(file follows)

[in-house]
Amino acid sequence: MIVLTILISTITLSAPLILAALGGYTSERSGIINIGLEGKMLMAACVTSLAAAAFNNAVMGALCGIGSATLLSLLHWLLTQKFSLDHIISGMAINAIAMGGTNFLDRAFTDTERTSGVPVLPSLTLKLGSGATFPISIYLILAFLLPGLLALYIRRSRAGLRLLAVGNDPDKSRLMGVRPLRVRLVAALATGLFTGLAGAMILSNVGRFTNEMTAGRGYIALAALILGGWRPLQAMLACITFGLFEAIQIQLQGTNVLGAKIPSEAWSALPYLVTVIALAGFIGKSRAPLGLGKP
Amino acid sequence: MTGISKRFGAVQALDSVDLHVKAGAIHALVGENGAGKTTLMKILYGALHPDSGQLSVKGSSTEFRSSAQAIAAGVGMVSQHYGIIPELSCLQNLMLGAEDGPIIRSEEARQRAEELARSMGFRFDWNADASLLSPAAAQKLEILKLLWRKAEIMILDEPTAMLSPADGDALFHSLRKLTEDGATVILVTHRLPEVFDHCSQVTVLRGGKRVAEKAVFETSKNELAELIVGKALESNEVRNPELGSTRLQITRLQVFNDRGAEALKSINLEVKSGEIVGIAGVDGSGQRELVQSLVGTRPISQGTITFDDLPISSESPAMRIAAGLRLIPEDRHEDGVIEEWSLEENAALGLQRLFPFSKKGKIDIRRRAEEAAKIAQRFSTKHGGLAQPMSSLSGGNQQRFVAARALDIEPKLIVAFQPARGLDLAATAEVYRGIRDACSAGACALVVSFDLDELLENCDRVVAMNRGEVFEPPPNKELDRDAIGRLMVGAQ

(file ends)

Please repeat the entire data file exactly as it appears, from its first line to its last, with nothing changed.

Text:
[in-house]
Amino acid sequence: MIVLTILISTITLSAPLILAALGGYTSERSGIINIGLEGKMLMAACVTSLAAAAFNNAVMGALCGIGSATLLSLLHWLLTQKFSLDHIISGMAINAIAMGGTNFLDRAFTDTERTSGVPVLPSLTLKLGSGATFPISIYLILAFLLPGLLALYIRRSRAGLRLLAVGNDPDKSRLMGVRPLRVRLVAALATGLFTGLAGAMILSNVGRFTNEMTAGRGYIALAALILGGWRPLQAMLACITFGLFEAIQIQLQGTNVLGAKIPSEAWSALPYLVTVIALAGFIGKSRAPLGLGKP
Amino acid sequence: MTGISKRFGAVQALDSVDLHVKAGAIHALVGENGAGKTTLMKILYGALHPDSGQLSVKGSSTEFRSSAQAIAAGVGMVSQHYGIIPELSCLQNLMLGAEDGPIIRSEEARQRAEELARSMGFRFDWNADASLLSPAAAQKLEILKLLWRKAEIMILDEPTAMLSPADGDALFHSLRKLTEDGATVILVTHRLPEVFDHCSQVTVLRGGKRVAEKAVFETSKNELAELIVGKALESNEVRNPELGSTRLQITRLQVFNDRGAEALKSINLEVKSGEIVGIAGVDGSGQRELVQSLVGTRPISQGTITFDDLPISSESPAMRIAAGLRLIPEDRHEDGVIEEWSLEENAALGLQRLFPFSKKGKIDIRRRAEEAAKIAQRFSTKHGGLAQPMSSLSGGNQQRFVAARALDIEPKLIVAFQPARGLDLAATAEVYRGIRDACSAGACALVVSFDLDELLENCDRVVAMNRGEVFEPPPNKELDRDAIGRLMVGAQ